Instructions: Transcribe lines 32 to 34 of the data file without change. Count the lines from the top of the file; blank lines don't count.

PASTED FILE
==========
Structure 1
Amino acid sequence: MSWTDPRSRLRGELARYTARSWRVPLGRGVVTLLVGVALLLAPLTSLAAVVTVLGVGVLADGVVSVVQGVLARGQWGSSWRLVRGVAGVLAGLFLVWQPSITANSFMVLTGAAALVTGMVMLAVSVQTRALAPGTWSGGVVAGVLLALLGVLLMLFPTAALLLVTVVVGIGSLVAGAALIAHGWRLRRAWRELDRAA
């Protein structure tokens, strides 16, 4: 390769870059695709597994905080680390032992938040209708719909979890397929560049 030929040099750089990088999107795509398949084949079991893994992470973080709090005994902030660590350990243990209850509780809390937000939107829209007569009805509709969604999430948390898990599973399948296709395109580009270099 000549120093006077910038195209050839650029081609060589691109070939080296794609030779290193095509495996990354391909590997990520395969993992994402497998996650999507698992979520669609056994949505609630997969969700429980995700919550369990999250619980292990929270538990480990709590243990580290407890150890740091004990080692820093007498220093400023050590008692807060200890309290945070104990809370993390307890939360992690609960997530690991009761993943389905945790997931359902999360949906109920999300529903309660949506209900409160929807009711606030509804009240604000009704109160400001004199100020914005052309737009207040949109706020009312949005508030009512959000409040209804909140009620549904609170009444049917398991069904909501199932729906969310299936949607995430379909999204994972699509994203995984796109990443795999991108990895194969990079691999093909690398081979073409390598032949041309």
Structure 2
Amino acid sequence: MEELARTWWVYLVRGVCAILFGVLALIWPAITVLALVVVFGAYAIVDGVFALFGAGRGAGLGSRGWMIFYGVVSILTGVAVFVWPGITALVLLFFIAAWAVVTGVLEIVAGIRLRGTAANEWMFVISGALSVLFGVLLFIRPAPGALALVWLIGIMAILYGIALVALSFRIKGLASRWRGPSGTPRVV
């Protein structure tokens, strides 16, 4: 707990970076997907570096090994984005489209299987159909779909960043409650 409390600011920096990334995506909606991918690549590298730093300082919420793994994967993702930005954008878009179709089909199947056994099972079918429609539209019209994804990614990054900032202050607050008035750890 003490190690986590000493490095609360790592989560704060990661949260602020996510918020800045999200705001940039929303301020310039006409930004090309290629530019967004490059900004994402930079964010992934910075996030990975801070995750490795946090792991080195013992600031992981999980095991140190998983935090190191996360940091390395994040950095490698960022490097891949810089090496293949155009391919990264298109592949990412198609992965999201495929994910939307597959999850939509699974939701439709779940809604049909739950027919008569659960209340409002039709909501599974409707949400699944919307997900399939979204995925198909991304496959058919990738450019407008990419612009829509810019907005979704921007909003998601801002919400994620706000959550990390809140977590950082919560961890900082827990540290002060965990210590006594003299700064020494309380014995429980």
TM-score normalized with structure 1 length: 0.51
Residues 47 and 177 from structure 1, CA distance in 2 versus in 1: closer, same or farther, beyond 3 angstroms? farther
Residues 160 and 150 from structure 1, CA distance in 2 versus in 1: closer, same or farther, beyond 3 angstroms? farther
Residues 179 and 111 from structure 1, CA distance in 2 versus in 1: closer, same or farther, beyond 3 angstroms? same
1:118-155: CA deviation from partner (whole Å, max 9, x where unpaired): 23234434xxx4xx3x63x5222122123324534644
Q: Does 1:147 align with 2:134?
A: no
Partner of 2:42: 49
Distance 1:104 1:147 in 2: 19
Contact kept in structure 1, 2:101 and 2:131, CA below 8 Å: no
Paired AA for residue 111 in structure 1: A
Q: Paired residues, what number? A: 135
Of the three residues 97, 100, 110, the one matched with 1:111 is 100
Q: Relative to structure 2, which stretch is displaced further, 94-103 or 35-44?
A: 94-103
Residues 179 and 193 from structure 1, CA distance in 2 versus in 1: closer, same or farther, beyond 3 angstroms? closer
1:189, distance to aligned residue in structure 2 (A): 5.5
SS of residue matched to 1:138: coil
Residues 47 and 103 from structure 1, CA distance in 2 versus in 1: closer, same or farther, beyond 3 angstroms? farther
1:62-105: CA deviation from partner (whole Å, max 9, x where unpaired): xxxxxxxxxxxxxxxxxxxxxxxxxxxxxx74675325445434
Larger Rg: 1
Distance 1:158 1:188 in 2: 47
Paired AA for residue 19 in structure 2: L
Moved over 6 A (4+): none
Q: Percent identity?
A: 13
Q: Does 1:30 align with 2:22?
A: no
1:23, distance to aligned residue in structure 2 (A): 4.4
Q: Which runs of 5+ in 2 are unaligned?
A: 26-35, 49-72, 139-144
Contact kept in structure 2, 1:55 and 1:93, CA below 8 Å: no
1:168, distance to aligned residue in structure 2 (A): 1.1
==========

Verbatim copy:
A: 13
Q: Does 1:30 align with 2:22?
A: no